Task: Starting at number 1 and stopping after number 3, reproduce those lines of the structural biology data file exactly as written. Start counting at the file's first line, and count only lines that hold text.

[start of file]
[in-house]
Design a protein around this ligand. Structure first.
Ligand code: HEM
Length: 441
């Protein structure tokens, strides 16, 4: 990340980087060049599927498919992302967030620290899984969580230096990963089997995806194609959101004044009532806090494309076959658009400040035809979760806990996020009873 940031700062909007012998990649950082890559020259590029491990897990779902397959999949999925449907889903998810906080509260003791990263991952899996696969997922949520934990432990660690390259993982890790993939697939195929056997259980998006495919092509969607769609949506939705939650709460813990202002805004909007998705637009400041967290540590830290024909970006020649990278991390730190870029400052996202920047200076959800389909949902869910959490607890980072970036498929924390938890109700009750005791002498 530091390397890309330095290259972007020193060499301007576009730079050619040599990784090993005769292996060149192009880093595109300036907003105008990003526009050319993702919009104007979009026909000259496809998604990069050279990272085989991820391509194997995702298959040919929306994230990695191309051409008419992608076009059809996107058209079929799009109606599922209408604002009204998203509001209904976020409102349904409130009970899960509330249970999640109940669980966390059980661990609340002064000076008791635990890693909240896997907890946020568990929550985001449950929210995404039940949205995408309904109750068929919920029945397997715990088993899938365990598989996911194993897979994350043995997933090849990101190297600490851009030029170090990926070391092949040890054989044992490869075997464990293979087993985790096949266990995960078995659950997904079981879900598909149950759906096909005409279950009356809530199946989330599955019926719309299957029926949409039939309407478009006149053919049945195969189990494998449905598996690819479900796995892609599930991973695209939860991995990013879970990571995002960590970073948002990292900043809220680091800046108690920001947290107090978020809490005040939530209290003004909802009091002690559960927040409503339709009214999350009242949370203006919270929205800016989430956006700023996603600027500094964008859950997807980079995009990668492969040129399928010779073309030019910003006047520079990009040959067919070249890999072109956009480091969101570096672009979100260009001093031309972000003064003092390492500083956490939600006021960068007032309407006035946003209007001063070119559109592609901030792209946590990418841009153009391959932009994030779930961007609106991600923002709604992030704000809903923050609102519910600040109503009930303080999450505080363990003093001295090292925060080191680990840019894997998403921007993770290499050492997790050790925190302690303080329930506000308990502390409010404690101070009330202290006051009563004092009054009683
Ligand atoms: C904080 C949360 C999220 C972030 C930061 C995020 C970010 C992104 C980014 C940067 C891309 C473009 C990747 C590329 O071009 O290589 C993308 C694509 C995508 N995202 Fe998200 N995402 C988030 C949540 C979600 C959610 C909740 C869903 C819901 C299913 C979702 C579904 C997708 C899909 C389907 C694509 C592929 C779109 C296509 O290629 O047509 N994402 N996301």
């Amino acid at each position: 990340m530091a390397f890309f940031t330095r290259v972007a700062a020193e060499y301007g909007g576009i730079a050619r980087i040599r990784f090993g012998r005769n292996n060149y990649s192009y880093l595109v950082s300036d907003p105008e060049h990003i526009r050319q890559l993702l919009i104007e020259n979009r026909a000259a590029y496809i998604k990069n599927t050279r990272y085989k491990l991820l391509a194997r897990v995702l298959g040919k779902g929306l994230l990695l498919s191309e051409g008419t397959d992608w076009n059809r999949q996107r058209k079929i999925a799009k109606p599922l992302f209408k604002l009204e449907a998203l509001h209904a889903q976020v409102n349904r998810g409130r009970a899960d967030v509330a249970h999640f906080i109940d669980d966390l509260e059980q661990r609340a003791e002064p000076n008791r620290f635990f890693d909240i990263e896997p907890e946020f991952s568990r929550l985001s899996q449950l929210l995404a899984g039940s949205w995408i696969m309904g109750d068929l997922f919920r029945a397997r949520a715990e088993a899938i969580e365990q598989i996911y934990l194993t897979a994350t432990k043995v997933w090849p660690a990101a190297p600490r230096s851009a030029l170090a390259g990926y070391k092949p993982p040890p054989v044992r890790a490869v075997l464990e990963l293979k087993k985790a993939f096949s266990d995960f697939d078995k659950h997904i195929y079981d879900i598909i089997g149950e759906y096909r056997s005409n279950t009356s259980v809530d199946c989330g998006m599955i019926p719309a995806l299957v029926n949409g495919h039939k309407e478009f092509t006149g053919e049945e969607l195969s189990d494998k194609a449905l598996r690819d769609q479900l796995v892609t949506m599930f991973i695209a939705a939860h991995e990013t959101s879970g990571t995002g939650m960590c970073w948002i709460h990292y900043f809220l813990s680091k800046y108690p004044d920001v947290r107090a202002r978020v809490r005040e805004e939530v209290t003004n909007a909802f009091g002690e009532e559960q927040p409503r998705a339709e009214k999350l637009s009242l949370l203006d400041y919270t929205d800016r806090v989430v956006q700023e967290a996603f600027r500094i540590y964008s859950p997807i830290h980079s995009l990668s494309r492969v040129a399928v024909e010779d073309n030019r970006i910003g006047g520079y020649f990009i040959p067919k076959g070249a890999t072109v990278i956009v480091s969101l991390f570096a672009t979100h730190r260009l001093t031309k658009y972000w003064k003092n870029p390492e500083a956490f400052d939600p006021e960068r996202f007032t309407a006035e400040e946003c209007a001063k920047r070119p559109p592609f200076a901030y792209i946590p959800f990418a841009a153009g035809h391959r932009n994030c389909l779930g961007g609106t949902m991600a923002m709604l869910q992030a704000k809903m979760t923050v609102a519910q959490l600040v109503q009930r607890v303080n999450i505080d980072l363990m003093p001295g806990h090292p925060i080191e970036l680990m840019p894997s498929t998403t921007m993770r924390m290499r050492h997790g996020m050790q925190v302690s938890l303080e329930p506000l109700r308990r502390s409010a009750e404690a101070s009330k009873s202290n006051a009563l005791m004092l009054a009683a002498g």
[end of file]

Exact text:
[in-house]
Design a protein around this ligand. Structure first.
Ligand code: HEM